COPENHAGEN — An optimistic mood reigned at Copenhagen Fashion Week, which ran from Wednesday through Sunday against a backdrop of encouraging statistics.
Total exports of Danish fashion increased by 2.6 percent in the first five months of 2013 to 9.2 billion Danish kroner, or $1.64 billion. Germany was the biggest driver, with exports up 9.3 percent.
Dansk Fashion and Textile, the trade association for Danish textile and clothing companies, expects Denmark’s fashion business to grow 2 to 3 percent this year following a 3.7 percent drop in 2012, when exports fell 3.3 percent.
“We have seen [an] increase, finally — that’s nice,” said Thomas Klausen, chief executive officer of Dansk Fashion and Textile.
Klausen attributed the good numbers to the flexibility of the Danish workforce and the government’s support by organizing export credits.
As part of its efforts to boost exports, which account for 57 percent of the Danish fashion industry’s output, the Danish Fashion Institute put on “The Jewelry Room,” an exhibition showcasing 15 local brands, including Georg Jensen, Shamballa Jewels and Ole Lynggaard, at the Design Society. Organizers said the show drew some 300 visitors. RELATED STORY: They Are Wearing in Copenhagen >>
“We are highlighting jewelry as separate. At the fashion fairs, they blend in between fashion brands [and don’t necessarily stand out enough],” said Eva Kruse, ceo of Copenhagen Fashion Week. “There is a story line on Danish jewelry that hasn’t been told, it is such huge part of the [industry].”
The wholesale domestic market for Danish jewelry was worth around 1 billion Danish kroner, or $173 million, in 2012, while wholesale exports were about 8.5 billion kroner, or $1.47 billion, according to the Danish Jewelry Association. Dollar figures are calculated at average exchange rates for the periods in question.
While heavyweight Pandora represents the lion’s share of jewelry exports, a flurry of up-and-coming brands including Maria Black, Monies and Sophie Bille Brahe are making their way internationally.
Meanwhile, fashion shows were happening full steam in the city.
Model Lindsey Wixson walked the runway of rising talent Freya Dalsjø’s show. Hers was one of 32 women’s and men’s labels that showed this season, including men’s wear designer Asger Juel Larsen, who made his Copenhagen runway debut; Anne Sofie Madsen, and regulars such as Wood Wood, Baum und Pferdgarten and Henrik Vibskov.
There were some new highbrow locations. Designers Remix held its show in the new aquarium Den Blå Planet, the largest in Northern Europe, while By Malene Birger’s presentation and dinner took place in the historic d’Angleterre hotel, which reopened last spring after undergoing a complete refurbishment.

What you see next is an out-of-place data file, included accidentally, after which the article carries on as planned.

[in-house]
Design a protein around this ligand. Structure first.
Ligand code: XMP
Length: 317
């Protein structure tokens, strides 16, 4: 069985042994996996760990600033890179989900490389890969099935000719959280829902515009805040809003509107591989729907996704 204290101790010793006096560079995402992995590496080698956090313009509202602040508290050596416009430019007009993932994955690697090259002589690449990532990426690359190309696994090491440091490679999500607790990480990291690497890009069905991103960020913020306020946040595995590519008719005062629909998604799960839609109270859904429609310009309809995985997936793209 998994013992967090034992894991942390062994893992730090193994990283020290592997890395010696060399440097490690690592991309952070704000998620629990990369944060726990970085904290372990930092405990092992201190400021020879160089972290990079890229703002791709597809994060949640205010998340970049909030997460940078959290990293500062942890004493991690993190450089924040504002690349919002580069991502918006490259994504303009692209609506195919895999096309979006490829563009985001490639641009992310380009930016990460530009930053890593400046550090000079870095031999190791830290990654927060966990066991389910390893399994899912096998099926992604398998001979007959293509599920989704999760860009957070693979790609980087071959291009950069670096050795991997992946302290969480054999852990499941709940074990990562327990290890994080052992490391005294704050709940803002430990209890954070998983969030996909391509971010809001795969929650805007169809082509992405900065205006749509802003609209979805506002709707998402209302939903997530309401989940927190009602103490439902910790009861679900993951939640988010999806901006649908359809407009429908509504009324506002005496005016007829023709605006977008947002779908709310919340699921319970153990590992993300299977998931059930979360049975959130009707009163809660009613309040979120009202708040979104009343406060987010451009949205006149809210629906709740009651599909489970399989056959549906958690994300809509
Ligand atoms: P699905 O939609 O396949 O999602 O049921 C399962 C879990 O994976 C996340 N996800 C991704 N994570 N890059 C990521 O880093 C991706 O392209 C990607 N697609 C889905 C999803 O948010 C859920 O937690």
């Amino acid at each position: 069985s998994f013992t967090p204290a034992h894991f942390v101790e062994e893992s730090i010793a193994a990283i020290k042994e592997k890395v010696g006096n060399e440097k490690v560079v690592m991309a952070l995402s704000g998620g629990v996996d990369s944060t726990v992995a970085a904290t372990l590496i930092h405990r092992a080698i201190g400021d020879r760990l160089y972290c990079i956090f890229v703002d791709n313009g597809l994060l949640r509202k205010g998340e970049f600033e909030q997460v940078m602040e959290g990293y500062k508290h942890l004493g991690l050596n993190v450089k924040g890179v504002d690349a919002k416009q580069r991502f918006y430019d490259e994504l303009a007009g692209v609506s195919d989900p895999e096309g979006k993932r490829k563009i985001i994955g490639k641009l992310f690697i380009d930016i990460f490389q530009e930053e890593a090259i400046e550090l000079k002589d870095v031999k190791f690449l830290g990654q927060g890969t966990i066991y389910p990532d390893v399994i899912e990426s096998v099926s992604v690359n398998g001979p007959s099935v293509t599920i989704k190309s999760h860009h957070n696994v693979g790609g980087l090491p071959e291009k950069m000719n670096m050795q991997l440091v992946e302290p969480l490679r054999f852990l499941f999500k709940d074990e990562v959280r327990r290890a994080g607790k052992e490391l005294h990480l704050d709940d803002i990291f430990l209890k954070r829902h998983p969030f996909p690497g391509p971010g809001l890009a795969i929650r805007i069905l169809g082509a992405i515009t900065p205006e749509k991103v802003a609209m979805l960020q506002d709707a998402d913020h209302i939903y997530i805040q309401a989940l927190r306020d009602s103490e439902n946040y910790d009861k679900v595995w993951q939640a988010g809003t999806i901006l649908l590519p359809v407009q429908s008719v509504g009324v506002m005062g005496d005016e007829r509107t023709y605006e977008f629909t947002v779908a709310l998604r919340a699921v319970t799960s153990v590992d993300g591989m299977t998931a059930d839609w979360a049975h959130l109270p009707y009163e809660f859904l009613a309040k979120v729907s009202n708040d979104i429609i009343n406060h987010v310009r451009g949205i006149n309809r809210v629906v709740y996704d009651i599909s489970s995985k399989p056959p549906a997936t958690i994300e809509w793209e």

Marimekko made its comeback to Copenhagen Fashion Week with a show at the City Hall. The Finnish brand opened a new 1,680-square-foot store in the city, a stone’s throw from the Louis Vuitton flagship.
Designer Stine Goya also opened her first boutique last week. Seven years after she launched her brand, the graduate of Central Saint Martins in London is growing a global footprint. Her collection for spring 2014 — the first season with her new agency Tomorrow, which also counts Jonathan Saunders and Richard Nicoll among its labels — is set to be presented in the agency’s showrooms in London, Milan and Paris. “We have been focusing on Scandinavia, now we want to go further abroad,” Goya said. She currently sells in around 80 doors, half of them outside Denmark.
Crown Princess Mary of Denmark, sporting a polka dot dress from Danish label Bogelund-Jensen, visited the Copenhagen International Fashion Fair, one of the three trade fairs — along with Gallery and Vision — that the region offers.
CIFF organizers said visitor numbers were down 8 percent versus last August to 20,123, citing a change in the rules for registration allowing only visitors with buying power to the fair this time, while students, sourcing and supply people were denied. Continuing with its major re-branding, CIFF enlarged its Crystal Hall, showcasing a mix of avant-garde Scandinavian, British and Paris-based brands such as Ron Dorff, L’Homme Rouge and Christopher Raeburn.
Gallery reported 11,490 visitors, down 5.8 percent from the same period last year, of which 76 percent were Scandinavian and 7 percent German. Vision, which did not provide visitor numbers, named Copenhagen student Mathilde Maalouf winner of its Designers’ Nest competition.
Buyers were upbeat about the region’s fashion offer.
Sam Lobban, men’s wear buyer for Mr Porter, noted Copenhagen Fashion Week takes place toward the end of the men’s wear buying season. “But the traditional spend-all-your-money idea no longer exists. You are always in search of the best product,” he said, citing L’Homme Rouge and Astrid Andersen as ones to watch. Mr Porter already works with denim and clothing label NN07 and bag maker Mismo.
Michael Lochner, a buyer from EGB Shop München, said he bought three brands at Gallery, including LeonLouis, in addition to new pieces from Barbara I Gongini, a brand the store already stocks. “I personally like to wear her black leather style, that I pair with Cinzia Araia shoes,” said his colleague Noura Elmassaoudi.
The next Copenhagen Fashion Week is to be held from Jan. 29 to Feb. 2, 2014.
For the first time, Vision and Gallery will start on a Wednesday and end on a Friday, a day earlier than usual. Organizers cited a big consumer weekend on Feb. 1 and 2 in Denmark, where stores are open the first Sunday of every month, as the main reason. The new opening date is also in line with the recent collaboration with Who’s Next Prêt-à-Porter Paris, which ends Jan. 28.
Copenhagen Fashion Summit, an event focusing on sustainability that takes place every other year at the Copenhagen Opera House in Denmark, will be held on April 24, 2014.
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